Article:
FIG. 2A shows the distal end of the head 28, greatly enlarged so that a write element 32 incorporated into the head can be seen. The write element 32 includes a magnetic yoke 34 having an electrically conductive coil 36 passing therethrough.

The write element 32 can be better understood with reference to FIG. 2B, which shows the write element 32 and an integral read element 38 in cross section. The head 28 includes a substrate 40 above which the read element 38 and the write element 32 are disposed. A common edge of the read and write elements 38, 32, defines an air bearing surface ABS, in a plane 42, which can be aligned to face the surface of the magnetic disk 16 (see FIGS. 1A and 1B). The read element 38 includes a first shield 44, a second shield 46, and a read sensor 48 that is located within a dielectric medium 50 between the first shield 44 and the second shield 46. The most common type of read sensor 48 used in the read/write head 28 is the magnetoresistive (AMR or GMR) sensor, which is used to detect magnetic field signal changes in a magnetic medium by means of changes in the resistance of the read sensor imparted from the changing magnitude and direction of the magnetic field being sensed.

The write element 32 can be better understood with reference to FIG. 2B, which shows the write element 32 and an integral read element 38 in cross section The head 28 includes a substrate 40 above which the read element 38 and the write element 32 are disposed. A common edge of the read and write elements 38, 32, defines an air bearing surface ABS, in a plane 42, which can be aligned to face the surface of the magnetic disk 16 (see FIGS. 1A and 1B). The read element 38 includes a first shield 44, a second shield 46, and a read sensor 48 that is located within a dielectric medium 50 between the first shield 44 and the second shield 46. The most common type of read sensor 48 used in the read/write head 28 is the magnetoresistive (AMR or GMR) sensor, which is used to detect magnetic field signal changes in a magnetic medium by means of changes in the resistance of the read sensor imparted from the changing magnitude and direction of the magnetic field being sensed.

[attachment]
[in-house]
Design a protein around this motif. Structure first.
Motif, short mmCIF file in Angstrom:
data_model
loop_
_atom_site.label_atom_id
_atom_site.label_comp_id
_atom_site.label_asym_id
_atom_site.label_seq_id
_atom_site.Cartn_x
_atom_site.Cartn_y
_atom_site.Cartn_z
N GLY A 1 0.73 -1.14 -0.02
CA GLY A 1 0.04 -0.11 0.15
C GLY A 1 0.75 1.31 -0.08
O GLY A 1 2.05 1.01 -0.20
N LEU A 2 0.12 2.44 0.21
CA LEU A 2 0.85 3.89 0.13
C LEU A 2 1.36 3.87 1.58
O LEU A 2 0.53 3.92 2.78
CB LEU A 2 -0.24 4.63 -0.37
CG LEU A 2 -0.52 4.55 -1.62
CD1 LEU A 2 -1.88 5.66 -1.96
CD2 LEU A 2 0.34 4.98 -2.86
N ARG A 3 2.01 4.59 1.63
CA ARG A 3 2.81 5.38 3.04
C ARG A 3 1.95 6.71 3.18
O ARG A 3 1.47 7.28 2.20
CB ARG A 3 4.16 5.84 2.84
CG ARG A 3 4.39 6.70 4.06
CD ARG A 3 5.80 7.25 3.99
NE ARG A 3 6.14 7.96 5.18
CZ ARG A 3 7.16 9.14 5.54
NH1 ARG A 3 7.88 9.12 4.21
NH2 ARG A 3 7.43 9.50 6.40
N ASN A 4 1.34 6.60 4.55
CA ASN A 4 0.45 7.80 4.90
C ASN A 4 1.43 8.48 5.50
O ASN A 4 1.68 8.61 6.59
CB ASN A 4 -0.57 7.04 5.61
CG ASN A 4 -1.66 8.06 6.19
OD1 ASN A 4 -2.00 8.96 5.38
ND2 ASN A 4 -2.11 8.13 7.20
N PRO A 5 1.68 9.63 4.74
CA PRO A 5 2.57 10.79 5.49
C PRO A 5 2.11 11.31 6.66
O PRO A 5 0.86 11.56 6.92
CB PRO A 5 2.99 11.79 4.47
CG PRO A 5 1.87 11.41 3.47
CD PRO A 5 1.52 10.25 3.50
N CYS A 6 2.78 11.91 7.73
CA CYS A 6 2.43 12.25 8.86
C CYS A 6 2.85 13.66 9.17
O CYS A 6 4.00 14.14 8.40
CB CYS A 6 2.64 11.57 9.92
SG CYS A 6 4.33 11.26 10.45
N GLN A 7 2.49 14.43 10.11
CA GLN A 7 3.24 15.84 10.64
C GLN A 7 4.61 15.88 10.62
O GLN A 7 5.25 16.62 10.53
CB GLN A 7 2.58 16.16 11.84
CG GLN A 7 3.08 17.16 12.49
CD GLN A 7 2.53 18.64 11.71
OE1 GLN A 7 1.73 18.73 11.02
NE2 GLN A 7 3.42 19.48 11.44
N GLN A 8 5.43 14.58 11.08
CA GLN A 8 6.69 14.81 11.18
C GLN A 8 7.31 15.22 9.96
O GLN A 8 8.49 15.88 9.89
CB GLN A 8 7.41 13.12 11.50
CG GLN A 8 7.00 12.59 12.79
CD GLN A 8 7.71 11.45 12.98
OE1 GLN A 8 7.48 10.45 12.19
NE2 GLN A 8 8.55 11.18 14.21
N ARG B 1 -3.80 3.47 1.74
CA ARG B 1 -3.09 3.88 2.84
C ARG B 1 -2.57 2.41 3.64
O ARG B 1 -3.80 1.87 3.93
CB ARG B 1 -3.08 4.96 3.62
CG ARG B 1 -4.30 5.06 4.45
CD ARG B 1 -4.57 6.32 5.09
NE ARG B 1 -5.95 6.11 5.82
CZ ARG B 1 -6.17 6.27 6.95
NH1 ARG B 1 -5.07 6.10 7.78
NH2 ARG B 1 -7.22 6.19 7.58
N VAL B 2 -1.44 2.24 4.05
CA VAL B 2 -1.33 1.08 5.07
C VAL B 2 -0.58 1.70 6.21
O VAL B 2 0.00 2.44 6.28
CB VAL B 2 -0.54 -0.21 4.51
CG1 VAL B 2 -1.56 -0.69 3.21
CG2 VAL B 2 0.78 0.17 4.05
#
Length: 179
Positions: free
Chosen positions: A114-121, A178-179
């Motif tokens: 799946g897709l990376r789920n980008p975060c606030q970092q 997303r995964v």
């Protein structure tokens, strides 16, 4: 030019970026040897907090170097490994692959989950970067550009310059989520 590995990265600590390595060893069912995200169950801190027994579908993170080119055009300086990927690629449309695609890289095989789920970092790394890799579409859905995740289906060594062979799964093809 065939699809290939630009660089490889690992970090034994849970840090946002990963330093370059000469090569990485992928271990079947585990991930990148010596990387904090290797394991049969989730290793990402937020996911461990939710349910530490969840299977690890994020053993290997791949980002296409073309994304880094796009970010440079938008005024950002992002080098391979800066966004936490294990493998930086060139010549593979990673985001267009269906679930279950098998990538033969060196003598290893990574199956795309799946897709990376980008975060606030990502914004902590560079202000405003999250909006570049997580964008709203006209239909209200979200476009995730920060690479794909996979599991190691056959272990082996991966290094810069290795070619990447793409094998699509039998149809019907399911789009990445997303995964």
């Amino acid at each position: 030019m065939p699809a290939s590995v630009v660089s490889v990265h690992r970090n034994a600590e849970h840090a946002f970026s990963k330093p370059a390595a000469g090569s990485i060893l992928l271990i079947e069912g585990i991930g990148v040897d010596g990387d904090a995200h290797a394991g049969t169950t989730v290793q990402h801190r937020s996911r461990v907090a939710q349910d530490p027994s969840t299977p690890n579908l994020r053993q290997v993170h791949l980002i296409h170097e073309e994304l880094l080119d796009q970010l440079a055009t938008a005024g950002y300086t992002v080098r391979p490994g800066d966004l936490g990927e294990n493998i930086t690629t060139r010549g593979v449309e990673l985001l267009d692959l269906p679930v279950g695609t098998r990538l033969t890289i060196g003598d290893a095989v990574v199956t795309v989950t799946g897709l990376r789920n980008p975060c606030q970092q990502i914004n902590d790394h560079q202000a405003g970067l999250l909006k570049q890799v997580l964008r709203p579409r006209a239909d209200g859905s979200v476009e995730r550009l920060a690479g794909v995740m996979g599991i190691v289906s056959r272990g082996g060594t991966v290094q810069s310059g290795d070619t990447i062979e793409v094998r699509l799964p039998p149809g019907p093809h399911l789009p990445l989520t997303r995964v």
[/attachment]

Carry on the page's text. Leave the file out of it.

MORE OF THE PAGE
The write element 32 is typically an inductive write element that includes the second shield 46 (which functions as a first pole for the write element) and a second pole 52 disposed above the first pole 46. Since the present invention focuses on the write element 32, the second shield/first pole 46 will hereafter be referred to as the “first pole”. The first pole 46 and the second pole 52 contact one another at a backgap portion 54, with these three elements collectively forming the yoke 34. The combination of a first pole tip portion and a second pole tip portion near the ABS are sometimes referred to as the ABS end 56 of the write element 32. Some write elements have included a pedestal 55 which can be used to help define track width and throat height A write gap 58 is formed between the first and second poles 46 and 52 in the area opposite the back gap portion 54. The write gap 58 is filled with a non-magnetic, electrically insulating material that forms a write gap material layer 60. This non-magnetic material can be either integral with or separate from a first insulation layer 62 that lies upon the first pole 46 and extends from the ABS end 56 to the backgap portion 54. The conductive coil 36, shown in cross section, passes through the yoke 34, sitting upon the write gap material 60. A second insulation layer 64 covers the coil and electrically insulates it from the second pole 52.